The federal government is introducing legislation that calls for tougher sentences for those convicted of elder abuse.

Justice Minister Rob Nicholson and Minister of State for Seniors Alice Wong announced plans to amend the Criminal Code so that taking advantage of a senior will be considered "an aggravating factor" in a crime. That "aggravating factor" would then be taken into consideration during sentencing.

"We have a responsibility to protect the most vulnerable members of our society, including older Canadians," Nicholson told reporters during the announcement at a seniors centre in Toronto on Thursday.

Nicholson explained the legislation does not call for specific penalties in cases involving the victimization of seniors, but calls on judges to use their discretion in each case.

"It's up to the judge within the offences that the individual has been charged with, to make that determination after they've been found guilty. And that's our job as legislators: to make these provisions, and that's exactly what we've done: make this an aggravating factor that the courts will have to look at," Nicholson told reporters.

He added that it would also be left to a judge to determine whether the victim qualifies as a "senior" and whether their age was a factor in the crime.

Nicholson noted that older adults are vulnerable to being mistreated physically, psychologically, sexually or financially or by neglect.

"This type of abuse can come from strangers, like fraudsters of scam artists, or from those in a position of trust. It can be at the hands of caregivers of even family members," he said.

There were nearly 7,900 seniors who were victims of violent crime in 2009, the government says on the Department of Justice website. Of those crimes, 35 per cent were committed by a family member, 35 per cent were committed by a friend or acquaintance, and 29 per centwere committed by a stranger.

"However, it is difficult to estimate the prevalence and incidence of elder abuse in Canada due to factors such as under-reporting," the department says.

Stella Wasiuk, 83, is now in a safe place, but she recalled years of abuse at the hands of someone she trusted during an interview with CTV News.

"I felt helpless, because I wanted to reach someone, but I didn't know how," she said.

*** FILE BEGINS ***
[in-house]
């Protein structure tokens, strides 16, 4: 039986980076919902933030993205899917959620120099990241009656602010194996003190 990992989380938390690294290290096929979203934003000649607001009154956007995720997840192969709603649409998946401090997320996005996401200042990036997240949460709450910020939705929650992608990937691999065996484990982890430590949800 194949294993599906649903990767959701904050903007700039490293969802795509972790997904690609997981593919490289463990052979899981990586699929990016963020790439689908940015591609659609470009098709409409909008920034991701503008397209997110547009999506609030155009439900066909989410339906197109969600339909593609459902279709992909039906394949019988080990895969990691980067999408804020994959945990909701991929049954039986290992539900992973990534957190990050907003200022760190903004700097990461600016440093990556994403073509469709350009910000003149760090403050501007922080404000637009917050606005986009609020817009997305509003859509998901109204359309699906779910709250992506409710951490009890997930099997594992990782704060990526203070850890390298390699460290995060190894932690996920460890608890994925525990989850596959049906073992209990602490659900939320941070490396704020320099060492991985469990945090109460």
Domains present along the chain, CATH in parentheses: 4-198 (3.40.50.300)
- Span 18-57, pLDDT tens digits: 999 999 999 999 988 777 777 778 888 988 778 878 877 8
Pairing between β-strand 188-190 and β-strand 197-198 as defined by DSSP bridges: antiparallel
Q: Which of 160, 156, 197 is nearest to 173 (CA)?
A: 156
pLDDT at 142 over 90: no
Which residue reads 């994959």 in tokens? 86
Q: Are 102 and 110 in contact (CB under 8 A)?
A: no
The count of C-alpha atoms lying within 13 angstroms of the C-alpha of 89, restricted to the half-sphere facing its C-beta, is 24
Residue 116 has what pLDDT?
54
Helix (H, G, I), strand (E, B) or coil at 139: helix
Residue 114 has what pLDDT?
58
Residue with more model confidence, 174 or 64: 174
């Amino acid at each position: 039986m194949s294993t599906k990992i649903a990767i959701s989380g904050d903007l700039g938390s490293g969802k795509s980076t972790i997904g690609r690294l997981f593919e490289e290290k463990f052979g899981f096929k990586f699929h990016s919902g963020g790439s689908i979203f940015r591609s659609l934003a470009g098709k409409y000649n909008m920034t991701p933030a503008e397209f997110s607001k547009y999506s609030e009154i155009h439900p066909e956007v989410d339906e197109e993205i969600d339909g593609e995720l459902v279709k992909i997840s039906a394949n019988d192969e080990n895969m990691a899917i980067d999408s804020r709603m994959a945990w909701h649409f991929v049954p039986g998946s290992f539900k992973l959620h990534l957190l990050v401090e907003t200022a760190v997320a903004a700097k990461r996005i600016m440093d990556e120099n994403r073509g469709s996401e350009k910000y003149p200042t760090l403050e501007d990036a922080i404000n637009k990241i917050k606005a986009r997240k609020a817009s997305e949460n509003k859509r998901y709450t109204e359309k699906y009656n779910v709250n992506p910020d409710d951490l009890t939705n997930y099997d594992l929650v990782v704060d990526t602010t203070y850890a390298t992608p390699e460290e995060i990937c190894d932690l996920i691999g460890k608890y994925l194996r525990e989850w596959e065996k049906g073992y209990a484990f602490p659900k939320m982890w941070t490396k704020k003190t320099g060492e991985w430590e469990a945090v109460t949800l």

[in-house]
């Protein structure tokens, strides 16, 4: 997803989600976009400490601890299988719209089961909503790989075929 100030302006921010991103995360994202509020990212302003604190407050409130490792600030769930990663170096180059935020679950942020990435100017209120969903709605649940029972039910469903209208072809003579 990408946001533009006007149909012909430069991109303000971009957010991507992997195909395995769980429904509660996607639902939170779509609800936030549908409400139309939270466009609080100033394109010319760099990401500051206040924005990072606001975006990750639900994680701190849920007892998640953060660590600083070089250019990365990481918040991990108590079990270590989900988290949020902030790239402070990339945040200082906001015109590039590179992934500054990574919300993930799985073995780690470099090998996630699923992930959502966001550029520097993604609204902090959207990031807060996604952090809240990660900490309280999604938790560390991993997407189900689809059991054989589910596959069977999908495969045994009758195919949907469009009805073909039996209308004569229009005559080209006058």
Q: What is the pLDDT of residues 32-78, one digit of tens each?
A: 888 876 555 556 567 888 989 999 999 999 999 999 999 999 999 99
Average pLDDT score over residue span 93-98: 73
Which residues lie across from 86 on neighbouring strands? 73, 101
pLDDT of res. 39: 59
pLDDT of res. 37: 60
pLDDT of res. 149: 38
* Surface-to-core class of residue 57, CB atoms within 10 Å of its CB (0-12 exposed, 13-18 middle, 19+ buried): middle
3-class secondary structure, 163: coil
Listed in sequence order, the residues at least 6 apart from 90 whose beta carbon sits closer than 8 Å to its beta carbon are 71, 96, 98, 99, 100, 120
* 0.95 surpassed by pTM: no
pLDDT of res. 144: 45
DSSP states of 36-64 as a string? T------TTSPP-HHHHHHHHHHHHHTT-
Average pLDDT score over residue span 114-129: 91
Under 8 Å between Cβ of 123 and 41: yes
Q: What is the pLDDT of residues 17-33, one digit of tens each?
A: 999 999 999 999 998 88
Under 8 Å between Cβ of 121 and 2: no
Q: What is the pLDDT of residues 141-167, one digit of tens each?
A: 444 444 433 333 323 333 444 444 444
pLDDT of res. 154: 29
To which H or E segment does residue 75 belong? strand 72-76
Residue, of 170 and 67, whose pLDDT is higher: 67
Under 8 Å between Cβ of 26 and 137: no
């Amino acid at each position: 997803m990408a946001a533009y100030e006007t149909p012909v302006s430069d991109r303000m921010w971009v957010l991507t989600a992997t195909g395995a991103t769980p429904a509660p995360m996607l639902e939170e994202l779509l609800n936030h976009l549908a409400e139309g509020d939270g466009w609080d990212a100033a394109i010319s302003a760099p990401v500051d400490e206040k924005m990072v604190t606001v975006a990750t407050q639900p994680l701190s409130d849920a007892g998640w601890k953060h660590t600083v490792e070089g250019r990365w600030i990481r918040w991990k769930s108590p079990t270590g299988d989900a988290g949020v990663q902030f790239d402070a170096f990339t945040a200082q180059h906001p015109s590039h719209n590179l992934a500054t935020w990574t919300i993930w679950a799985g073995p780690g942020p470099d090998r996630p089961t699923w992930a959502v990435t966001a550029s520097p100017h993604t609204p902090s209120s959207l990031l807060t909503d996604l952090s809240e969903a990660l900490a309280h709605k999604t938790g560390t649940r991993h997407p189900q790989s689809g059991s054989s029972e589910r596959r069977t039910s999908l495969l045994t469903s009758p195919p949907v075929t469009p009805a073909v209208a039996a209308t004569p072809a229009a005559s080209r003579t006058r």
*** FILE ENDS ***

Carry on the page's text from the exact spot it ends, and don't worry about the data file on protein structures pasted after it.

Her caretaker allegedly sold her home, drained her savings and moved Wasiuk into a shabby apartment where she was isolated and alone.

"I couldn't get help anywhere, how could I do it without a telephone?"

A neighbour eventually heard her cries and helped her, and police are currently probing her case.

"I want people to know -- what happened to me could happen to them," said the Toronto resident.

Still, some question if the new legislation could have any impact, since judges already take into account the ages of victims.

"It's not going to make any difference. There's not a judge in this country that doesn't consider the vulnerability of the victim as an aggravating factor," said Winnipeg lawyer Jay Prober.

The seniors' advocacy group CARP has long said that senior abuse is not taken seriously enough by the country's police and court system. They say that in the rare cases where someone is convicted of elder abuse, sentences are often lenient.

Still, critics say throwing abusers in jail for longer periods will do little to fix the problem. NDP seniors critic, Irene Mathyssen, says the roots of abuse often lie in poverty and poor living conditions -- areas she says the Harper government are ignoring.

Also Thursday, the NDP tabled a bill that would automatically register seniors to receive the guaranteed income supplement.

New Democrat MP Laurin Liu says thousands of low-income seniors are missing out on the government top-up because they don't know how to apply and run into administrative hurdles.

Once seniors qualify for the supplement, they can re-apply for it through their income tax forms, thanks to changes the government made in 2007.

With a report from CTV's Richard Madan